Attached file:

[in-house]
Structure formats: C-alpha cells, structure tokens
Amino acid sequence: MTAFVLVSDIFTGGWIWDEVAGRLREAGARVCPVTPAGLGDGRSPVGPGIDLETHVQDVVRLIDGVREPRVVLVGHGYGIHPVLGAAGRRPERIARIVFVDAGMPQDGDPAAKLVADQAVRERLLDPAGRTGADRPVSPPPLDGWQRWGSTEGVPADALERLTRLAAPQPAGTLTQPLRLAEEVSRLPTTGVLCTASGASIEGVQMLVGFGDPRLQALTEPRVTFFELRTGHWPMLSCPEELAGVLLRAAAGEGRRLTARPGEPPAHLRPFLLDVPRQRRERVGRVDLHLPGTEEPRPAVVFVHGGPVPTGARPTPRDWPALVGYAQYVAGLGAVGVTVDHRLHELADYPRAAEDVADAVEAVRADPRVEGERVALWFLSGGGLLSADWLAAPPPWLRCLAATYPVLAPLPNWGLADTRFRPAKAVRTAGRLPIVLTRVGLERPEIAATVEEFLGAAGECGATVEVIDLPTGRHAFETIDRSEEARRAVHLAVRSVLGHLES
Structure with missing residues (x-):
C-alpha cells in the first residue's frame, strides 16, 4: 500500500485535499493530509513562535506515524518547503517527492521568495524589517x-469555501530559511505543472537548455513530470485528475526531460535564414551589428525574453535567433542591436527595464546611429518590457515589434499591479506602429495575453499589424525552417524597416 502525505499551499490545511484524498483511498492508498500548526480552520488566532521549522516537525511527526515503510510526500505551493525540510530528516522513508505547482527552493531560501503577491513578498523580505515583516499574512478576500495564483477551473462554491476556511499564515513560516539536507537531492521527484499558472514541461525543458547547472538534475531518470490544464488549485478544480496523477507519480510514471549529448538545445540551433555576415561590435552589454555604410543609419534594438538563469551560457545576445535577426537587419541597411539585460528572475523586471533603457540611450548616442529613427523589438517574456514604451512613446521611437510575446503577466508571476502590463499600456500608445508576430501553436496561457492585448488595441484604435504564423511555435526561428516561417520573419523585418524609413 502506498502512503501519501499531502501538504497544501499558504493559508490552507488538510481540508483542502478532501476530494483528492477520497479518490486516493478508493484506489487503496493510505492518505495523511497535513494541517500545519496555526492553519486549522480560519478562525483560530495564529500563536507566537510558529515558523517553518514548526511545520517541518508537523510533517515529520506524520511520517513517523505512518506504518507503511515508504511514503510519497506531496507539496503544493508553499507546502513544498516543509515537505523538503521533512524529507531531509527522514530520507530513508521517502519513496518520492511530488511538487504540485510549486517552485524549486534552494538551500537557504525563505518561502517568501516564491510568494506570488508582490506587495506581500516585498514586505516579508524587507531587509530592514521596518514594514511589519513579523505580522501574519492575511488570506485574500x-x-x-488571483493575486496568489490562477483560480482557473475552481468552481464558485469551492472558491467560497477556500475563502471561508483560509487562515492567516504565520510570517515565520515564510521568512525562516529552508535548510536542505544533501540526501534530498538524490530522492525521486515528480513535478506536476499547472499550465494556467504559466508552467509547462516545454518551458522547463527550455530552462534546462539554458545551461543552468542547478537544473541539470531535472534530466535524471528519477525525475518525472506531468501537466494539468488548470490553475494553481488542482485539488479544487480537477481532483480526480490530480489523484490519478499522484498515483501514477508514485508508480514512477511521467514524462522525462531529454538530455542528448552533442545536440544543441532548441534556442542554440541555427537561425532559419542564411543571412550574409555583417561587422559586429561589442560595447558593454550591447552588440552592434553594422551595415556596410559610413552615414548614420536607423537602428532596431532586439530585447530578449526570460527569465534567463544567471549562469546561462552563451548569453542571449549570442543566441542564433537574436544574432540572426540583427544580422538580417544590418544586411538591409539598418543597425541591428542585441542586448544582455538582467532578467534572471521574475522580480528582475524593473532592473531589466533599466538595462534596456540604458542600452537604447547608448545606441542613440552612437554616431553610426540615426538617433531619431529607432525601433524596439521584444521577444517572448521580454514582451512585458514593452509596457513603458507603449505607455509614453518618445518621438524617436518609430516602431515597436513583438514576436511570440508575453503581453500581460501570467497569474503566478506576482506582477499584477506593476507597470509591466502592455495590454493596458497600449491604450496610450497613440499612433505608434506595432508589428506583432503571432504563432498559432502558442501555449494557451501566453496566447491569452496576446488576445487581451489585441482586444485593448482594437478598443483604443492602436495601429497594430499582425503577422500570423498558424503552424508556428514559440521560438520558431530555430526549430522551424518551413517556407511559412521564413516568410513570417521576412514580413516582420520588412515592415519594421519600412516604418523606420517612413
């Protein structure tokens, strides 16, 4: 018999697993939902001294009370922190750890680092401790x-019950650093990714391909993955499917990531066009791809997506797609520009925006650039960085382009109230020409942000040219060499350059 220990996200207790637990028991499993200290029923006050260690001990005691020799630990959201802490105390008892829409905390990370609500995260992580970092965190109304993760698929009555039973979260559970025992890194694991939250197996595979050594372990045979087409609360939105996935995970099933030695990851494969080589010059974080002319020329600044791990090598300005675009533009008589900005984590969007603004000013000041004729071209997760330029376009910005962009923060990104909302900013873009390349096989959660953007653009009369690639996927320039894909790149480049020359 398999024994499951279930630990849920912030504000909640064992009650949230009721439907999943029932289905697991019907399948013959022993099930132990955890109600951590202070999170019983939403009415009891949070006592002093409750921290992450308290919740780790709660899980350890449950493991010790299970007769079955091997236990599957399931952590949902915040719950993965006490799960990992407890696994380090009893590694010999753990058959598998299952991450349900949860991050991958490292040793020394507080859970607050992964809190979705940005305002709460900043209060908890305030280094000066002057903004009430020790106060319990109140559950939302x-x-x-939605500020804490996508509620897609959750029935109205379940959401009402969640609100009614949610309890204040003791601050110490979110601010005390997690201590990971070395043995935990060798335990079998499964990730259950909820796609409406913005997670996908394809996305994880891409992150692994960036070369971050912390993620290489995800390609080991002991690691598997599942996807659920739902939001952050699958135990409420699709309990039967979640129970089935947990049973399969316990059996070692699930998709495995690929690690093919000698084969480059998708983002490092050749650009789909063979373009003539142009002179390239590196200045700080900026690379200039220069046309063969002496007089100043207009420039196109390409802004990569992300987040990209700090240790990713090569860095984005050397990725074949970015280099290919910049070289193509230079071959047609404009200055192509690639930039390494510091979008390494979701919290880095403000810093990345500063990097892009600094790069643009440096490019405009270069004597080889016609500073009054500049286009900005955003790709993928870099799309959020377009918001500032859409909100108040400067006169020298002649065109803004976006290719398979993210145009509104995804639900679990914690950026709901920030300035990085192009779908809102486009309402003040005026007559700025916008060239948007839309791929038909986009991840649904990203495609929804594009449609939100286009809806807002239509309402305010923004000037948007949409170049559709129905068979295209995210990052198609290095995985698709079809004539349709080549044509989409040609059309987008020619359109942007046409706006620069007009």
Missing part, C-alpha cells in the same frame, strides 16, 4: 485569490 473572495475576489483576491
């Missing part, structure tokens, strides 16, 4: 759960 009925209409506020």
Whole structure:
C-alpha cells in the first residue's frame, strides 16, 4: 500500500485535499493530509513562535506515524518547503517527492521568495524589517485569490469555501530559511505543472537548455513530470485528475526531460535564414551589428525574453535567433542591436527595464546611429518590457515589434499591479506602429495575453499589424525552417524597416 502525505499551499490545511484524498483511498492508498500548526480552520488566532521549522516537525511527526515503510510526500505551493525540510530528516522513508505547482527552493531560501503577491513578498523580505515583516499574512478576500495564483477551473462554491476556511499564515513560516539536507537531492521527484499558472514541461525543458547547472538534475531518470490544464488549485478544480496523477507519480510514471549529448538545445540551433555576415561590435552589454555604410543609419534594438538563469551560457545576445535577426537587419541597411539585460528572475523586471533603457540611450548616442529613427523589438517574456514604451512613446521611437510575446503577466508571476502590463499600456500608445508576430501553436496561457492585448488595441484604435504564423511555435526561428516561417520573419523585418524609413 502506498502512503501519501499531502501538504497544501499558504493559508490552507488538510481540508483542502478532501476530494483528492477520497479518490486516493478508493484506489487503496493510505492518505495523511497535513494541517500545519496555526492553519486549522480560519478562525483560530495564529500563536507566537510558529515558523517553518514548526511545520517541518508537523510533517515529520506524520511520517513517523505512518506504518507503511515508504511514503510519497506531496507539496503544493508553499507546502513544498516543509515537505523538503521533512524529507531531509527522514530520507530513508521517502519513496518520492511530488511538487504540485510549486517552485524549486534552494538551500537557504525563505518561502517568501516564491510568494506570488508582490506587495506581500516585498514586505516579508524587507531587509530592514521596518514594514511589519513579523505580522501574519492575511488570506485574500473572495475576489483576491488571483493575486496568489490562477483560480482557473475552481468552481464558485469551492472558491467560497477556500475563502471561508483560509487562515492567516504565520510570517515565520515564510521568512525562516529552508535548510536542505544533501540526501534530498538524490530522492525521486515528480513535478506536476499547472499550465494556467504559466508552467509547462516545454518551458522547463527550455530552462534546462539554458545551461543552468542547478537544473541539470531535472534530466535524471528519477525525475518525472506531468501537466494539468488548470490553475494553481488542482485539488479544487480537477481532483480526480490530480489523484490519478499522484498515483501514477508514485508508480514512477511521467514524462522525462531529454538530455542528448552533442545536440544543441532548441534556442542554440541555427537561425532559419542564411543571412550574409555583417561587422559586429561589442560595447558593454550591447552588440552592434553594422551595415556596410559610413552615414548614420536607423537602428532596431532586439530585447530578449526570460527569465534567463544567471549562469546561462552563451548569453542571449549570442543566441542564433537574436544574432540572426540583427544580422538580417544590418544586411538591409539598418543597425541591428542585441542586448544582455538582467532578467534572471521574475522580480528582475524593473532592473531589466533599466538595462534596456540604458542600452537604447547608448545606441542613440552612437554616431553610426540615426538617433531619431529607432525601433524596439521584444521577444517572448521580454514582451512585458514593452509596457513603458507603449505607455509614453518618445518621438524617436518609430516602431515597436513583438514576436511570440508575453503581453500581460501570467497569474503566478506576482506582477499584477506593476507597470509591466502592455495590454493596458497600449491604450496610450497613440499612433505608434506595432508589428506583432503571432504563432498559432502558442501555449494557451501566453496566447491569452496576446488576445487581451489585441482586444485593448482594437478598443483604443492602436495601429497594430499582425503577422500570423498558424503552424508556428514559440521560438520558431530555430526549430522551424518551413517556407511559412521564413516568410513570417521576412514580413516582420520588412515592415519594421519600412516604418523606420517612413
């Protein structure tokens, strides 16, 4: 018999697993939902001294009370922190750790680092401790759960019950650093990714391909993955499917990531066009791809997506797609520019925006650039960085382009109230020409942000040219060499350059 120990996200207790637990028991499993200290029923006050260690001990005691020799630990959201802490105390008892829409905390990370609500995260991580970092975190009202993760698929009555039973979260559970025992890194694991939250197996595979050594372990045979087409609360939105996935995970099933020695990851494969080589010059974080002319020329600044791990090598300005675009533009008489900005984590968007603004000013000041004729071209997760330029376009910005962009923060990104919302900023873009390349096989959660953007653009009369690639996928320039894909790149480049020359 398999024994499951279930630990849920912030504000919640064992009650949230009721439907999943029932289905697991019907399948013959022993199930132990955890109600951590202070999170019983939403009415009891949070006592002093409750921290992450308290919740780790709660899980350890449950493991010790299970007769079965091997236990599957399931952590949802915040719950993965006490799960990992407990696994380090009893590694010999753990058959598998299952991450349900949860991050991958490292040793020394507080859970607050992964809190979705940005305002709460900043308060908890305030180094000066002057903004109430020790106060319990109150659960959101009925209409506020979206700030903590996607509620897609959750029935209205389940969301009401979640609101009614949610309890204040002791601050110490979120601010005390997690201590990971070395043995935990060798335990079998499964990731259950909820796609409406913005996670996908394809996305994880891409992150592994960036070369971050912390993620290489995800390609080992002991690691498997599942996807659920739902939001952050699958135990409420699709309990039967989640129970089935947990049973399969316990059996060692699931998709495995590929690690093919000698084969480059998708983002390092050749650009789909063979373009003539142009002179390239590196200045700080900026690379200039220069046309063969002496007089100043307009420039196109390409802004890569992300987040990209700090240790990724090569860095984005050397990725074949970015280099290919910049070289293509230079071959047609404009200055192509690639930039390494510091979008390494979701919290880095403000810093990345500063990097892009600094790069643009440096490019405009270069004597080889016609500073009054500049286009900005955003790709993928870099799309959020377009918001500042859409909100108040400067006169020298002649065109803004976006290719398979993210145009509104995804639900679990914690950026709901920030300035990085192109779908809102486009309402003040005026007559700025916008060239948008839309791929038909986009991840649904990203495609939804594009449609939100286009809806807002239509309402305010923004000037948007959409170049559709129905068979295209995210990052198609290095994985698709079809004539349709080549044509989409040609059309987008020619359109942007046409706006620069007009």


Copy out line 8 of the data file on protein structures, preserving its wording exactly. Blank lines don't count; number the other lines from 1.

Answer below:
């Missing part, structure tokens, strides 16, 4: 759960 009925209409506020």